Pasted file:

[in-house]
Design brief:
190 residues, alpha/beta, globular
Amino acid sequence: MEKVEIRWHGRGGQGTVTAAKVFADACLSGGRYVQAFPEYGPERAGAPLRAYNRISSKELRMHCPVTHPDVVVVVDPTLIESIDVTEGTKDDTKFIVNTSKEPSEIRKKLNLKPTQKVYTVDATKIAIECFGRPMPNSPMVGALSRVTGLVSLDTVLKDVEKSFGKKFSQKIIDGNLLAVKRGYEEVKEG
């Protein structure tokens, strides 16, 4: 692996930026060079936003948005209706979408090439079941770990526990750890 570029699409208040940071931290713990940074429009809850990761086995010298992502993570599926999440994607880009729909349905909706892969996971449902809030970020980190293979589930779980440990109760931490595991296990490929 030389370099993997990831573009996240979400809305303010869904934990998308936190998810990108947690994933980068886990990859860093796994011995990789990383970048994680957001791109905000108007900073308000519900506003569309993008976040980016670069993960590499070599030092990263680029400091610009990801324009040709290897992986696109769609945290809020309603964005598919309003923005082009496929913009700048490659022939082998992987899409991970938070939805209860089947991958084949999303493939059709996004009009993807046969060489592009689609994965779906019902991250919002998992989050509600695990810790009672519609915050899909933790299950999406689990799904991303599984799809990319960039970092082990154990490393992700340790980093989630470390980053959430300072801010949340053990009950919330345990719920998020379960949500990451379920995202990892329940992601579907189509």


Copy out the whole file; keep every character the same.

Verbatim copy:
[in-house]
Design brief:
190 residues, alpha/beta, globular
Amino acid sequence: MEKVEIRWHGRGGQGTVTAAKVFADACLSGGRYVQAFPEYGPERAGAPLRAYNRISSKELRMHCPVTHPDVVVVVDPTLIESIDVTEGTKDDTKFIVNTSKEPSEIRKKLNLKPTQKVYTVDATKIAIECFGRPMPNSPMVGALSRVTGLVSLDTVLKDVEKSFGKKFSQKIIDGNLLAVKRGYEEVKEG
């Protein structure tokens, strides 16, 4: 692996930026060079936003948005209706979408090439079941770990526990750890 570029699409208040940071931290713990940074429009809850990761086995010298992502993570599926999440994607880009729909349905909706892969996971449902809030970020980190293979589930779980440990109760931490595991296990490929 030389370099993997990831573009996240979400809305303010869904934990998308936190998810990108947690994933980068886990990859860093796994011995990789990383970048994680957001791109905000108007900073308000519900506003569309993008976040980016670069993960590499070599030092990263680029400091610009990801324009040709290897992986696109769609945290809020309603964005598919309003923005082009496929913009700048490659022939082998992987899409991970938070939805209860089947991958084949999303493939059709996004009009993807046969060489592009689609994965779906019902991250919002998992989050509600695990810790009672519609915050899909933790299950999406689990799904991303599984799809990319960039970092082990154990490393992700340790980093989630470390980053959430300072801010949340053990009950919330345990719920998020379960949500990451379920995202990892329940992601579907189509």